Breast reduction surgery also known as reduction mammoplasty, is a procedure utilized to eliminate excess fat, tissue and skin in the breast area. It is recognized in the plastic surgery industry as one of the most commonly performed procedures in women of all ages. The most common reasons for breast reduction surgery range from cosmetic to pain management.
Often women choose to undergo breast reduction as a means of alleviating uncomfortable symptoms related to having a large chest such as shoulder, back or neck pain, poor posture and bra strap compression.
New research lead by surgeon Michele A. Shermack and colleges at the John Hopkins Medical Intuitions, Baltimore, suggests that the changes in hormone levels of women over the age of 50 may be responsible for increased surgical complications after breast reduction.
The team of researchers compiled data from 1,192 women undergoing breast reduction over the past 10 years. The patient data was then categorized into three different age groups: under 40, 40 to 50 and over 50.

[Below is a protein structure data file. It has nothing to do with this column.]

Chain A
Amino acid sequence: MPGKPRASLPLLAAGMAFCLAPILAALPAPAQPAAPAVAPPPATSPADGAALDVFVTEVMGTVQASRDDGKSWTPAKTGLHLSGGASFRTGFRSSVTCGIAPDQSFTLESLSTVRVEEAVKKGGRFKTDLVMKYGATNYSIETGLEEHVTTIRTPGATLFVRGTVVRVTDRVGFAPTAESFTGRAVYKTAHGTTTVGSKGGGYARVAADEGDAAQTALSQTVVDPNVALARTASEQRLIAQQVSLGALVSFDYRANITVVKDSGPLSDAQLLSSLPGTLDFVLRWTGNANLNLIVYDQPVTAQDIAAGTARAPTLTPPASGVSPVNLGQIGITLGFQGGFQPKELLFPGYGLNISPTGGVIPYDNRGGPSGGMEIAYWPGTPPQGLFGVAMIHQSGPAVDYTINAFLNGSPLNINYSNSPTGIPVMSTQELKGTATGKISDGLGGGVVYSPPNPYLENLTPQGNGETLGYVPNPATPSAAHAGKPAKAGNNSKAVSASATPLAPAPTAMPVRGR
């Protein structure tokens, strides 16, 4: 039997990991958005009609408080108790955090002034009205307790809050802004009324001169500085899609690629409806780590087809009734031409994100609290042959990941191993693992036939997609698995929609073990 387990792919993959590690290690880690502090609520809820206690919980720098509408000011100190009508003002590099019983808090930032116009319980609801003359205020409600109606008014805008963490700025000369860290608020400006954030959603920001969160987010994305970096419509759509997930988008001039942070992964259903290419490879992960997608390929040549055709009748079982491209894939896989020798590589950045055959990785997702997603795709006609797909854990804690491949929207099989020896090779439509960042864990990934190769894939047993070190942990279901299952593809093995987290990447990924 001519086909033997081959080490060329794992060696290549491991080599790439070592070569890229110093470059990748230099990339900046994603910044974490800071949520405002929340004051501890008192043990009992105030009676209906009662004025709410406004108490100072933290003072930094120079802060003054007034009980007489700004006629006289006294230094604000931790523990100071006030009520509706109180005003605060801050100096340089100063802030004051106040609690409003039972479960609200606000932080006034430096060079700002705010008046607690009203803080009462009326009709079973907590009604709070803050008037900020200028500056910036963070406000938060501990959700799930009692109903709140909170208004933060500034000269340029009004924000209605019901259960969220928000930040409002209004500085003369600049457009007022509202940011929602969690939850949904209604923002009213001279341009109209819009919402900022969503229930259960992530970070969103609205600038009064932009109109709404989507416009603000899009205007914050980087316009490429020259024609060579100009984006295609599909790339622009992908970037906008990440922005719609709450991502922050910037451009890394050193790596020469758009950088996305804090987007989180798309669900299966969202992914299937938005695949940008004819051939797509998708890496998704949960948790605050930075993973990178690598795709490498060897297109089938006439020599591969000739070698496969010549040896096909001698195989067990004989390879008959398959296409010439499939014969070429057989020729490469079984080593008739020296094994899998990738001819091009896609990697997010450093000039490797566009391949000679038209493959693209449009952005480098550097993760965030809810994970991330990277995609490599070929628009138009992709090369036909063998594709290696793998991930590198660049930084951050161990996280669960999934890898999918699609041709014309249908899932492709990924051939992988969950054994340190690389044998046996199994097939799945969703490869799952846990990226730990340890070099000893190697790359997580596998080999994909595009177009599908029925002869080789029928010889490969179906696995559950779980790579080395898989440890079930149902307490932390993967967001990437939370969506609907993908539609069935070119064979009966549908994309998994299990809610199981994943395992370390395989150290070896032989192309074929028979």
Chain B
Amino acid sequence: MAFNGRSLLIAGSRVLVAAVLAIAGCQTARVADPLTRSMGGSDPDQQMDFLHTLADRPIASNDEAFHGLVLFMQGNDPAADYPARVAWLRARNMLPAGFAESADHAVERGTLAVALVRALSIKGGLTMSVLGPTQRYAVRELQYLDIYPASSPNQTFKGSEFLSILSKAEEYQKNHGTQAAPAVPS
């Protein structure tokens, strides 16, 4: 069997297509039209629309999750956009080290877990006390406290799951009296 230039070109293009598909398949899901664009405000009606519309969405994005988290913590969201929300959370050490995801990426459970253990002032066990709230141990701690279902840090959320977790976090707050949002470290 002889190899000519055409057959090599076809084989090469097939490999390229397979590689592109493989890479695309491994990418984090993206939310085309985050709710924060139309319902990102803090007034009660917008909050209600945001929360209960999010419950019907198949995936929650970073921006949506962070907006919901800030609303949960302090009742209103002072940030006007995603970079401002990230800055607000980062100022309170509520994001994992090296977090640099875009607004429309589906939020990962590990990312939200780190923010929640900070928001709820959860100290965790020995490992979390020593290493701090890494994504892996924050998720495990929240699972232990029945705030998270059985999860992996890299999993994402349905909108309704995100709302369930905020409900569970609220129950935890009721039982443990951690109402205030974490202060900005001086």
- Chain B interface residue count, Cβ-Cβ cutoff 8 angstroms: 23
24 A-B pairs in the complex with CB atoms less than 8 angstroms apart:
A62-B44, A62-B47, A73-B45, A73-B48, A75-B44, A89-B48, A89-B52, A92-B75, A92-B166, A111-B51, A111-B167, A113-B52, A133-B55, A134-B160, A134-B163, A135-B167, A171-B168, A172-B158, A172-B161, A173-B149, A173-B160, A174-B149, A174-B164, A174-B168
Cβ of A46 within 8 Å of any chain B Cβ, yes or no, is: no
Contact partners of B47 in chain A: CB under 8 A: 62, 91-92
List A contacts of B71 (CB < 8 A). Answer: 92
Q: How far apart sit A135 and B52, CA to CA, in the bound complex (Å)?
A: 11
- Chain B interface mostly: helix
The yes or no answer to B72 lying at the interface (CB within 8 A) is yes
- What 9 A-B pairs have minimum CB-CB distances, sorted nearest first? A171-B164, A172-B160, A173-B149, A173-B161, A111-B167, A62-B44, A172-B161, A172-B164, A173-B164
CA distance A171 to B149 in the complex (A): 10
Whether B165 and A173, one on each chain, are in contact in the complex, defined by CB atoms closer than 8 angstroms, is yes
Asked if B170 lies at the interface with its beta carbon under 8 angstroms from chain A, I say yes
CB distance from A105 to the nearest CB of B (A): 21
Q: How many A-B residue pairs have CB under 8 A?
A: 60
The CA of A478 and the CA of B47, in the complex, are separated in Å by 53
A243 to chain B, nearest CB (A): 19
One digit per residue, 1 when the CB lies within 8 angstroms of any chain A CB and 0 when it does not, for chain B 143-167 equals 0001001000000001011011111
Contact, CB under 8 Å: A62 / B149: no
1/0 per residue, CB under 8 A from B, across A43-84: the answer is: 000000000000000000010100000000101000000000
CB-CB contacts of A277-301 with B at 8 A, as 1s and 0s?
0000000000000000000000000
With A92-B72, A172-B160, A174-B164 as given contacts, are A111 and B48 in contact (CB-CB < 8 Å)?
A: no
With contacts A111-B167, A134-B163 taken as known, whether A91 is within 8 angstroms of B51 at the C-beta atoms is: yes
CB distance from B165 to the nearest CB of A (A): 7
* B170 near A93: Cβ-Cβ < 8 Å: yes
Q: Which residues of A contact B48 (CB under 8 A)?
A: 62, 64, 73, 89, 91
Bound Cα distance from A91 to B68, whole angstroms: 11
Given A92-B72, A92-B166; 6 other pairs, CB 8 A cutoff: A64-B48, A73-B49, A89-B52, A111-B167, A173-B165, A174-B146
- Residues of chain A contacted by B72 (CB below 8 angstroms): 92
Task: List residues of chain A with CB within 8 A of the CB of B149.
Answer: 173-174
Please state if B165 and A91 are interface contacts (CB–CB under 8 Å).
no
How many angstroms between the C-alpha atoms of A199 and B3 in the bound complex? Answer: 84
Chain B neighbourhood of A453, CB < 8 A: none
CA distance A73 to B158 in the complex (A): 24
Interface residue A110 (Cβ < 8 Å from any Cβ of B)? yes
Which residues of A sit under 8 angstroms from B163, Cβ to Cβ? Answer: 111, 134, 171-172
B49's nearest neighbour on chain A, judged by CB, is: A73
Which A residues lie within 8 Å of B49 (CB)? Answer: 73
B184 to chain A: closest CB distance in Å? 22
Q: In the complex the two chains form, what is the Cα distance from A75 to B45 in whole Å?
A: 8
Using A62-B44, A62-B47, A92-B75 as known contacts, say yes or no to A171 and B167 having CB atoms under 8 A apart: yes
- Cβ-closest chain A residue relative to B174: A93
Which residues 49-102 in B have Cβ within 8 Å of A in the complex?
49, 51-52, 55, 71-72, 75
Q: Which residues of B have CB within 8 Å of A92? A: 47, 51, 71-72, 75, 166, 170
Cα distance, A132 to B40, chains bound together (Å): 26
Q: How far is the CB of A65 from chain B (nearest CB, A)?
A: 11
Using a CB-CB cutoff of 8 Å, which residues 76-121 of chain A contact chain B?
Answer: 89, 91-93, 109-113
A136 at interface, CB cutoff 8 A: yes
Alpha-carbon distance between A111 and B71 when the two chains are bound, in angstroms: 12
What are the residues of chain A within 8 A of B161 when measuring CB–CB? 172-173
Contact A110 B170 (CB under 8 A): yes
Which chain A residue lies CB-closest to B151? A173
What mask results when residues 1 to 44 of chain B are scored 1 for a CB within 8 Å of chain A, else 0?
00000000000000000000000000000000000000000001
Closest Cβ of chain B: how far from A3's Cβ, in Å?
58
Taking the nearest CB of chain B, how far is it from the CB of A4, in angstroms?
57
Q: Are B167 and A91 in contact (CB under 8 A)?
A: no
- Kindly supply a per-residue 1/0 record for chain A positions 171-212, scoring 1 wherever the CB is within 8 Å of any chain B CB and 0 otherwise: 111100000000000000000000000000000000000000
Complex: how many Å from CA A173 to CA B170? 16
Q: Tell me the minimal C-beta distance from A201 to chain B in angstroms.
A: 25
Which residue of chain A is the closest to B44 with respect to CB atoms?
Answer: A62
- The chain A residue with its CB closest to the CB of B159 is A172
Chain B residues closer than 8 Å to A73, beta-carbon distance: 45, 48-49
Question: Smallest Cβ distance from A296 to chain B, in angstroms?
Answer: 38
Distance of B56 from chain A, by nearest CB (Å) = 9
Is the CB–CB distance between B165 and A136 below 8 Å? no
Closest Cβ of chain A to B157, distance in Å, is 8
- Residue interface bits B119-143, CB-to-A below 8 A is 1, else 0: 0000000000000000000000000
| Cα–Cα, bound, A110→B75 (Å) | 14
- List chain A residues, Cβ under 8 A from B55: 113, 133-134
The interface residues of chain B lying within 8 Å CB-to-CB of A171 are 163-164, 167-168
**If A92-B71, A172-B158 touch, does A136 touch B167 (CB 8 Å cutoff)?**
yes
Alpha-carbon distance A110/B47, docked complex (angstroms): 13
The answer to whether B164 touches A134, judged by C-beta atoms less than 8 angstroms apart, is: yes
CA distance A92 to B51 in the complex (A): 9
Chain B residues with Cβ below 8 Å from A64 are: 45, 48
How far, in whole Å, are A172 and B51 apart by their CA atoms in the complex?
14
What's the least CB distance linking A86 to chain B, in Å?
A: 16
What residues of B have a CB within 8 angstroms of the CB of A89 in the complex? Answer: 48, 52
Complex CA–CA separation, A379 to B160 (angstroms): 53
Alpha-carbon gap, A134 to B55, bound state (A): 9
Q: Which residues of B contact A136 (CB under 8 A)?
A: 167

According to the results, women 50 years of age and older had a higher risk of complications, especially infections, after undergoing breast reduction surgery. In comparison to women under the age of 40, the over 50 age group was 2.7 times more likely to develop an infection.
Results also suggested that the 50 and older group was most susceptible to wound healing problems, which in turn lead to higher rates of repeat surgeries in order to remove additional dead skin. While interesting, this trend was not statistically significant.
Reduced Hormone Levels May Contribute to Higher Infection Risk after Breast Reduction Surgery
Dr. Shermack and colleagues also noticed a trend towards increased infection in the 40 to 50 age group which lead them to speculate that increased rates of infection after breast reduction surgery may be the result of declining hormone levels in women over the age of 50.